The procedures of Example 1 are repeated except that magnesium fluoride (1800A) is used in place of the silicon oxide. Similar comparative results are obtained.

Claims (4)

What is claimed is:
1. An electrochromic device comprising an electrode having an electrically conductive surface, a layer of persistent electrochromic compound in contact on one of its sides with said conductive surface of said electrode, and on its opposite side with a layer of a non-electrochromic compound having the same composition as said electrochromic compound except being more highly oxidized hence non-electrochromic, said non-electrochromic layer being in contact on its opposite side with a current carrier permeable insulator layer which on its opposite side is in contact with a counter electrode layer and means for selectively applying electrical fields of opposite polarity across said electrodes.
2. The device of claim 1 wherein the defined electrochromic compound is tungsten oxide and said non-electrochromic compound is a tungsten oxide in a higher oxidation state.
3. The device of claim 1 wherein the current carrier insulator layer is selected from the group consisting of silicon oxide, calcium fluoride and magnesium fluoride.
4. The device of claim 1 wherein the current carrier insulator layer is silicon oxide.
US05851071 1977-11-14 1977-11-14 Electrochromic devices having protective interlayers Expired - Lifetime US4170406A (en)

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Application Number Priority Date Filing Date Title
US05851071 US4170406A (en) 1977-11-14 1977-11-14 Electrochromic devices having protective interlayers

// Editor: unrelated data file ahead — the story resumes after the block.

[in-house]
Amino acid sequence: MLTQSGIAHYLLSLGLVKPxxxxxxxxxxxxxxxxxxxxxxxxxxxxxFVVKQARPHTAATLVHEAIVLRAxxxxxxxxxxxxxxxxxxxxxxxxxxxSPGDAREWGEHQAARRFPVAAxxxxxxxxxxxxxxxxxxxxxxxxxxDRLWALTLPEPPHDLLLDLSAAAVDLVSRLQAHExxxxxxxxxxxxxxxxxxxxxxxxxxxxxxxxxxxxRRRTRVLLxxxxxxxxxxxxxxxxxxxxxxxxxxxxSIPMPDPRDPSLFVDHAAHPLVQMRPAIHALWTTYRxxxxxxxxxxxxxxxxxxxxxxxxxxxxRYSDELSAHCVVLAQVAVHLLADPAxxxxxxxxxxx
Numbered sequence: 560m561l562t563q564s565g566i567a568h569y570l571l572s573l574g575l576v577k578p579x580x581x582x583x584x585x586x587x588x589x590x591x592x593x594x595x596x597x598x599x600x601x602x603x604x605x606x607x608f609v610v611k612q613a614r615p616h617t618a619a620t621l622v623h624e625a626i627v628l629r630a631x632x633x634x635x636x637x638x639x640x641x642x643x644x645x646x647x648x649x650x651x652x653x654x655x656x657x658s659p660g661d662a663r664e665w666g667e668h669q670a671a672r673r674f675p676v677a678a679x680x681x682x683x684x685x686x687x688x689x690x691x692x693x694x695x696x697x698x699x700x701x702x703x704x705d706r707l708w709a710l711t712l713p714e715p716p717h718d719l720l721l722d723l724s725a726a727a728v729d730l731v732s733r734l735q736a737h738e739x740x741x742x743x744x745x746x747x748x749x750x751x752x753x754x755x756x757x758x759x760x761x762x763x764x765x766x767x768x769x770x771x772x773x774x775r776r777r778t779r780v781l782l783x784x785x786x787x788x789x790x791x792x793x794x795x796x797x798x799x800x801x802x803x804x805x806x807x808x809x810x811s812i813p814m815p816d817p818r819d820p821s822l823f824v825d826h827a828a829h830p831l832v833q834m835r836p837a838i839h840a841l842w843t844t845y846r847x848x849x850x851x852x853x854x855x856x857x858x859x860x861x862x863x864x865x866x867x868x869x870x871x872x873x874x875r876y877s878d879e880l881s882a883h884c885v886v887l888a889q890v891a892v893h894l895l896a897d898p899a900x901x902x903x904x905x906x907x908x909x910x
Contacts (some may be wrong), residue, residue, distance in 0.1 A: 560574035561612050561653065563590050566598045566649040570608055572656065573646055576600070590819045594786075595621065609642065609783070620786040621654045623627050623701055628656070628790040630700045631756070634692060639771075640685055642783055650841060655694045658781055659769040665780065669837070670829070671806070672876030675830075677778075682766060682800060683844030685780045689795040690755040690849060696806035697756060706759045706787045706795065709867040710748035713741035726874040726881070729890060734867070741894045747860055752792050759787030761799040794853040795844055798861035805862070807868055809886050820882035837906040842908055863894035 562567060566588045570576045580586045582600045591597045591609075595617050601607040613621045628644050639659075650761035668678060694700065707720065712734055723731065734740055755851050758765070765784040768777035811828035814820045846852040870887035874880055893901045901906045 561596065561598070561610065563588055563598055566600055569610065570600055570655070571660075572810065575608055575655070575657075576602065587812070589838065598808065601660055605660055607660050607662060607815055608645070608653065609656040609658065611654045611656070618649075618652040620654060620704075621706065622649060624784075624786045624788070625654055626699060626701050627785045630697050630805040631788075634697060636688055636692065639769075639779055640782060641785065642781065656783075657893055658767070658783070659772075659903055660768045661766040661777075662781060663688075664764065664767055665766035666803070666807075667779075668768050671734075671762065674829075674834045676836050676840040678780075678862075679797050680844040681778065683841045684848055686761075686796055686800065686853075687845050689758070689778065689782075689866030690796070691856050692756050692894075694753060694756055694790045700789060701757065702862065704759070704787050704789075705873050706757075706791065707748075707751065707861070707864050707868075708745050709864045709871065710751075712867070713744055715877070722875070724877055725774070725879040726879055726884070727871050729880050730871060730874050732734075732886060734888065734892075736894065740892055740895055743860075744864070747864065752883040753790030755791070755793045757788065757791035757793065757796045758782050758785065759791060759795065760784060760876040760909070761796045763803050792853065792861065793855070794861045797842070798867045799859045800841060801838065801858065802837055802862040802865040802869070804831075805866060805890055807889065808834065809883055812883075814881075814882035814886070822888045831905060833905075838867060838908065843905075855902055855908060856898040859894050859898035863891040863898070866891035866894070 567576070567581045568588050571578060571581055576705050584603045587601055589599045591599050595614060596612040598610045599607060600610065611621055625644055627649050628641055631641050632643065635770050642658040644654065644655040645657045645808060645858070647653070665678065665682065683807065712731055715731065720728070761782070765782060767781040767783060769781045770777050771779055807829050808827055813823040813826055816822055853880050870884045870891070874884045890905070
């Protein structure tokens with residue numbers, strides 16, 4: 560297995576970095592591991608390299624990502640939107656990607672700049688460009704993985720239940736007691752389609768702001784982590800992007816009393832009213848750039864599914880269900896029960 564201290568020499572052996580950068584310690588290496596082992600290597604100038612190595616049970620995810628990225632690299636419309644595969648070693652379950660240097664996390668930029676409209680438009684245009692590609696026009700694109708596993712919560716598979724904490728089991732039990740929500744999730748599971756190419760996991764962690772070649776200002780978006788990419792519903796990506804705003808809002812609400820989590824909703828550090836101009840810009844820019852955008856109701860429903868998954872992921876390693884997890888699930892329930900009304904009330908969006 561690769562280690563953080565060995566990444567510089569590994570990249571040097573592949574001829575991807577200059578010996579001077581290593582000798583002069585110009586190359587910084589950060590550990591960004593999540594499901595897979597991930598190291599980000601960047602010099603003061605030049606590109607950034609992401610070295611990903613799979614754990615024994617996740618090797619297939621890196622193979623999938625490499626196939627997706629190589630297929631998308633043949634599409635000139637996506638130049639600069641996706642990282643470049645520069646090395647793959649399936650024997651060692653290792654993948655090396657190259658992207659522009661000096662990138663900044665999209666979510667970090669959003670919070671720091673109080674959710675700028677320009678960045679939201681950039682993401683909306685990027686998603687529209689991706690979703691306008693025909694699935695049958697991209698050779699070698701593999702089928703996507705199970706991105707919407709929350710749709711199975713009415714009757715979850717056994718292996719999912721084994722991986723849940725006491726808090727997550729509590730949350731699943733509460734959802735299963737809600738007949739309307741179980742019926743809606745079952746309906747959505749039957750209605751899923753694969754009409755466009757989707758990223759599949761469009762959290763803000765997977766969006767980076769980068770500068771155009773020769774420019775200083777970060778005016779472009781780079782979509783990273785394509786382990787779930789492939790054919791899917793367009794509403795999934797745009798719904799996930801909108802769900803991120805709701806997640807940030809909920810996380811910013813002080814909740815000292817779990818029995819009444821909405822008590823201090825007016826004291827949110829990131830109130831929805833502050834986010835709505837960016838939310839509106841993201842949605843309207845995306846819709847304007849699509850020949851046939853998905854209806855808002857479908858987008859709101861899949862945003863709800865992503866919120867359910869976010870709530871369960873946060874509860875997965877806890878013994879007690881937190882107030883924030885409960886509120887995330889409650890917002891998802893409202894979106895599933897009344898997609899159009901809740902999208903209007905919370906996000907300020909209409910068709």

Applications Claiming Priority (9)

Application Number Priority Date Filing Date Title
US05851071 US4170406A (en) 1977-11-14 1977-11-14 Electrochromic devices having protective interlayers
CA 310154 CA1111537A (en) 1977-11-14 1978-08-28 Electrochromic devices
GB7836105A GB2007866B (en) 1977-11-14 1978-09-08 Electrochromic device
NL7809938A NL7809938A (en) 1977-11-14 1978-10-02 An electro-optical device.
DE19782846101 DE2846101C2 (en) 1977-11-14 1978-10-23
FR7831585A FR2408849A1 (en) 1977-11-14 1978-11-08 electro-optic device
JP13898878A JPS631566B2 (en) 1977-11-14 1978-11-13
BE191676A BE871953A (en) 1977-11-14 1978-11-13 electro-optic device
ES475061A ES475061A1 (en) 1977-11-14 1978-11-14 Improvements in electrochromic devices

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US4170406A true US4170406A (en) 1979-10-09

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JP (1) JPS631566B2 (en)
BE (1) BE871953A (en)
CA (1) CA1111537A (en)
DE (1) DE2846101C2 (en)
ES (1) ES475061A1 (en)
FR (1) FR2408849A1 (en)
GB (1) GB2007866B (en)
NL (1) NL7809938A (en)

Cited By (13)

* Cited by examiner, † Cited by third party
Publication number Priority date Publication date Assignee Title
US4240713A (en) * 1978-11-08 1980-12-23 Timex Corporation Electrode barrier layer for hydrogen-colored electrochromic displays
US4297006A (en) * 1978-12-28 1981-10-27 Timex Corporation Protective membrane for electrochromic displays
US4303310A (en) * 1978-06-05 1981-12-01 Tokyo Shibaura Denki Kabushiki Kaisha Electrochromic display device
US4306773A (en) * 1978-11-20 1981-12-22 General Motors Corporation Electrochromic display device having reduced film dissolution
EP0084604A1 (en) * 1982-01-25 1983-08-03 American Cyanamid Company Thin film transistor-driven electrochromic display and system
US4475795A (en) * 1978-10-23 1984-10-09 Timex Corporation Electrochromic films having improved etch resistance
US4500174A (en) * 1983-01-05 1985-02-19 Conner Bruce E Electrochromic imaging apparatus
US4889414A (en) * 1984-08-21 1989-12-26 Eic Laboratories, Inc. Light modulating device
US4960323A (en) * 1988-10-05 1990-10-02 Ford Motor Company Method for maintaining the electrochromic activity of an electrochromic material
US5019420A (en) * 1989-01-17 1991-05-28 Eic Laboratories, Inc. Process for forming a reduced electrochromic layer in contact with an ion conducting oxide